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Book spines restrict the knowledge of pages

Pages flying through a scanning machine

Harvard is cutting spines off books to digitize them
(per an article from goodreader.com).

Your first reaction might be, ‘OH NO! NOT THE SPINES! OUR BELOVED BOOKS!” But hey, if the spines of books prevent information from being shared, then so be it. Cut off the spines.

What is the function of book spine? To keep pages together. To keep pages in a unit. To keep the pages organized. But then the spine also performs the function of keeping the pages out of the hands of millions of other people. A book spine keeps a book closed. When you open the book, the pages curl in the center–wanting to return back to their closed state.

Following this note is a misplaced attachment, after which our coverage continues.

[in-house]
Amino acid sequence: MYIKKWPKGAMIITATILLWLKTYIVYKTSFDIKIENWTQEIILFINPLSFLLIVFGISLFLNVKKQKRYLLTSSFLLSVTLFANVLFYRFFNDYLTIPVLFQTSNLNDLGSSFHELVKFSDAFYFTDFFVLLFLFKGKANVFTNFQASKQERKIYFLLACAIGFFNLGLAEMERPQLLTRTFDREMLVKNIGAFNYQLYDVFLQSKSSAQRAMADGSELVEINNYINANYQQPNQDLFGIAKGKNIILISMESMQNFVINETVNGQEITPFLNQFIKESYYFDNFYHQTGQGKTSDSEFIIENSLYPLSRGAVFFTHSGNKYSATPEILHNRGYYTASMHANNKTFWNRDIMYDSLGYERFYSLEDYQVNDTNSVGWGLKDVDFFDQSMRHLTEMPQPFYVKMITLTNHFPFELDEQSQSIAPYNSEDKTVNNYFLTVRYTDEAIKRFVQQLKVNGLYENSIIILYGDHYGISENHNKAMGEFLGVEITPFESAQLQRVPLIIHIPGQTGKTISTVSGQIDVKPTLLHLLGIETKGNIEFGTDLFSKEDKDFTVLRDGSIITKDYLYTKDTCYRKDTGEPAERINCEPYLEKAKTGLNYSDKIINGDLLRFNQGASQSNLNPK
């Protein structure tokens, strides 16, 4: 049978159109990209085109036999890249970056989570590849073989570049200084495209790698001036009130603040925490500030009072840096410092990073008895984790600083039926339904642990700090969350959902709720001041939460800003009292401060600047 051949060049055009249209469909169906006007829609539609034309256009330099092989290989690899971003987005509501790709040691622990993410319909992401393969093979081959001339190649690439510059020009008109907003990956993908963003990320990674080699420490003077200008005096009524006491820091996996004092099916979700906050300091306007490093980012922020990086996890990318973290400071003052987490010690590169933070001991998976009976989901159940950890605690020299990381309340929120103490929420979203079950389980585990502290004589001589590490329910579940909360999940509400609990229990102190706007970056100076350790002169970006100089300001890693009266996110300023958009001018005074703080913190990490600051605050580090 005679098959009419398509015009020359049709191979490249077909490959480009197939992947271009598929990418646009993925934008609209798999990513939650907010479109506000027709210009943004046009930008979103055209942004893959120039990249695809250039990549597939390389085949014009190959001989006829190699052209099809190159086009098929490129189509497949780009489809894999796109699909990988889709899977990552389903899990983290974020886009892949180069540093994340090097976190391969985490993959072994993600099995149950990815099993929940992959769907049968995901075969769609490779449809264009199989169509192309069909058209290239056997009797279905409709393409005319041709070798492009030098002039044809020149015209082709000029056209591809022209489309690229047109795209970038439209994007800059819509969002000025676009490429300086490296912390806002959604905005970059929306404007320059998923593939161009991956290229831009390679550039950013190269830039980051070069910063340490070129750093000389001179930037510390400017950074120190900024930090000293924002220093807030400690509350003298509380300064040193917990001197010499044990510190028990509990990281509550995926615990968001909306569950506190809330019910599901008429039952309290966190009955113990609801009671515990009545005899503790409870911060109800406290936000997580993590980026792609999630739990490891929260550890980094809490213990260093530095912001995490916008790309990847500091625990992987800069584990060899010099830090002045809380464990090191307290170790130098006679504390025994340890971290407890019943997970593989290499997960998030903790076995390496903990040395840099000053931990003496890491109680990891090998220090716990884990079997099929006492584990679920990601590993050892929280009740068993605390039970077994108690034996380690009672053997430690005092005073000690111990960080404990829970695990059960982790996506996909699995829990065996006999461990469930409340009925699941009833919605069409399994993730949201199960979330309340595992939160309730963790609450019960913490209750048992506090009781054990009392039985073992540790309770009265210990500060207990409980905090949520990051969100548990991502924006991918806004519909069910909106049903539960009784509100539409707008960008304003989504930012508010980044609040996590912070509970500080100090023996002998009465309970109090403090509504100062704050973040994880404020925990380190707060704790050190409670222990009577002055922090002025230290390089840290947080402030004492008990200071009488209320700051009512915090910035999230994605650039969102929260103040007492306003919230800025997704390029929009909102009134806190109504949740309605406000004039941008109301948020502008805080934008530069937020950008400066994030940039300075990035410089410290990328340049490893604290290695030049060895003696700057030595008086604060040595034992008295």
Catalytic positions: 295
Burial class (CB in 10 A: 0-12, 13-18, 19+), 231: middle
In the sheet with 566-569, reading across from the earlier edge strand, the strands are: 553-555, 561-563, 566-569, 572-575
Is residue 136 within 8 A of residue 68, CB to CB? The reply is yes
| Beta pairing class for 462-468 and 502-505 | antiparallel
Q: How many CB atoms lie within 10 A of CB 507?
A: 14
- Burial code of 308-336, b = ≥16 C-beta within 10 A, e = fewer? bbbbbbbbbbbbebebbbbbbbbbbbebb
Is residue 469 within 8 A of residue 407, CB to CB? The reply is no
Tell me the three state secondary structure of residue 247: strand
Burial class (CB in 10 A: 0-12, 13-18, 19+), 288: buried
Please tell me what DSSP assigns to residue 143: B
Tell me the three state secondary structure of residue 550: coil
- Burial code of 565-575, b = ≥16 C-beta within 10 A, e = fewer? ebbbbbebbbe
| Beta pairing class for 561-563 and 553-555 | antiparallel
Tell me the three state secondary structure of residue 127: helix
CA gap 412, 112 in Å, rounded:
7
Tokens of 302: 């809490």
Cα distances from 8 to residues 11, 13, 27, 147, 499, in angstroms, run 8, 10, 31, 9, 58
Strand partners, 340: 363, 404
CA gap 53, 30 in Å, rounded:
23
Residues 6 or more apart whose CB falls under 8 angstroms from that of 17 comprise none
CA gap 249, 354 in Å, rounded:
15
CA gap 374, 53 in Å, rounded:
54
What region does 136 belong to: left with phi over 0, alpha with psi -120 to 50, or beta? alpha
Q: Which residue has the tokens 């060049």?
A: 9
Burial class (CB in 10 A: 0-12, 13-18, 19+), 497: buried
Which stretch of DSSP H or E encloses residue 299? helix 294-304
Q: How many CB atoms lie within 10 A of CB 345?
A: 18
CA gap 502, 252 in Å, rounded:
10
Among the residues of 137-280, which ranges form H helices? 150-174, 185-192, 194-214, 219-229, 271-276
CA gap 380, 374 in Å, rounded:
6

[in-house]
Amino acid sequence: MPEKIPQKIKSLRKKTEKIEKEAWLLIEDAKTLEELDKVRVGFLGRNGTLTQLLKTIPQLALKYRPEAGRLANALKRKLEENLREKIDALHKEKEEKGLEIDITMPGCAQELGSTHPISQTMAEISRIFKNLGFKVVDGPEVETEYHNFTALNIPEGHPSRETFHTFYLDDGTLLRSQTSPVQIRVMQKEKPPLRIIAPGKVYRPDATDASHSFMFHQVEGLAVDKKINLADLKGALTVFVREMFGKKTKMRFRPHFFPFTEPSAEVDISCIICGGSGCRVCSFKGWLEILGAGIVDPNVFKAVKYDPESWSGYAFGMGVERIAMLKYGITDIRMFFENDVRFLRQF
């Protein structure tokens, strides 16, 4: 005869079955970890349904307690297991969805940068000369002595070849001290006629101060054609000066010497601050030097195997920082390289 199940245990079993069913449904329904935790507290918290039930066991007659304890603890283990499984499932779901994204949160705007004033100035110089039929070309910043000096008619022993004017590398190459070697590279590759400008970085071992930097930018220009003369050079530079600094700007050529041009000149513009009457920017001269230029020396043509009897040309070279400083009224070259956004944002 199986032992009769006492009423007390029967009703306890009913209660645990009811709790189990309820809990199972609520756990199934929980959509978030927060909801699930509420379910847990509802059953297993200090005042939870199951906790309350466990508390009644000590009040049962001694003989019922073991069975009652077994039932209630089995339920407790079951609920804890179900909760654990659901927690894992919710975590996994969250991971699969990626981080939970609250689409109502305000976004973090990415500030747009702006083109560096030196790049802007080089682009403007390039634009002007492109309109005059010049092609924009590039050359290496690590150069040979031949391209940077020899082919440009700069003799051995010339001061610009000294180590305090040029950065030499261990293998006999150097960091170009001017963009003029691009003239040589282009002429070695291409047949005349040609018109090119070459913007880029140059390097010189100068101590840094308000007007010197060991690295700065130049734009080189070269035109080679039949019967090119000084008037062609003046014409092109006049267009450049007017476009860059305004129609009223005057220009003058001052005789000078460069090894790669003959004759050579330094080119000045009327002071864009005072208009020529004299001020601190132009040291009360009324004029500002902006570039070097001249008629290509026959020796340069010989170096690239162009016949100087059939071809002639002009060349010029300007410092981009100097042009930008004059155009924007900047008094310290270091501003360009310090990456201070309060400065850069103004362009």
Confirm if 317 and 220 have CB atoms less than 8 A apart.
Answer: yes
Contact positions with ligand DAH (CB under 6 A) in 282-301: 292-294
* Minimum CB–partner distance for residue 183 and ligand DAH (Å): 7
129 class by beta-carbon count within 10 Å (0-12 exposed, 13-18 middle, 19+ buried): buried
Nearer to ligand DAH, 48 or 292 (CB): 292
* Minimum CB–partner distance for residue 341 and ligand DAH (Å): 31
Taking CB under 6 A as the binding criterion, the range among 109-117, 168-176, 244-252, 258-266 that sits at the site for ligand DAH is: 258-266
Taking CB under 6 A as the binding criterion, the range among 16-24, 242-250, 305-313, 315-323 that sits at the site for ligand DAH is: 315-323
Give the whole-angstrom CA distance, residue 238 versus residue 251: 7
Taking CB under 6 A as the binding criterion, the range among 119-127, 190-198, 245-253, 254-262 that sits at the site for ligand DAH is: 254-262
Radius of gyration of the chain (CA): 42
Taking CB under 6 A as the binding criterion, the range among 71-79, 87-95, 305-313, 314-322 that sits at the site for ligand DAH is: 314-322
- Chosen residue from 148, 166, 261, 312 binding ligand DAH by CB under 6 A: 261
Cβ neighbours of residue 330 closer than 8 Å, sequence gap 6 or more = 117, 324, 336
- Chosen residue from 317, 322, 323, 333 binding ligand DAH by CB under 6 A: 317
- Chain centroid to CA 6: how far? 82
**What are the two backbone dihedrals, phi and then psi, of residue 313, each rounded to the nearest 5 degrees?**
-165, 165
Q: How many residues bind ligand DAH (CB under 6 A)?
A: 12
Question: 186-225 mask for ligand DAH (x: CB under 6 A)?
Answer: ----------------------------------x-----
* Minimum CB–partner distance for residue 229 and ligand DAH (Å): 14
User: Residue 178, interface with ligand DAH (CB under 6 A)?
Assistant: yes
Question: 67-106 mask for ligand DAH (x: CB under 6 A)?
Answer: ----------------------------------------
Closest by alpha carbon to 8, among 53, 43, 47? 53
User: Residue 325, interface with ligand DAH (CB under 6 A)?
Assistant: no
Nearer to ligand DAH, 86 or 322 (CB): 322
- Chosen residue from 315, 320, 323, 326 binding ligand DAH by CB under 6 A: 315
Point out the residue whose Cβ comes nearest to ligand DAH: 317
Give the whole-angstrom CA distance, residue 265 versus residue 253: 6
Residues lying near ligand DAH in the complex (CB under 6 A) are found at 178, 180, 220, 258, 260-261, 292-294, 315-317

The book spine wants the pages to be closed.

How symbolic it is that Harvard is cutting off the book spines in order to digitize the pages and let the pages be free. With digitization, these pages can not only be seen by more people, these pages can be reorganized, compared, contrasted.

May we remove the spines constricting our knowledge.

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Erik Maldre
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One medium’s use of a format to unite and encourage knowledge does the exact opposite for other media.

To clarify, the spine working on a book unites and encourages knowledge. For digital applications the spine on a book hinders and prevents knowledge.

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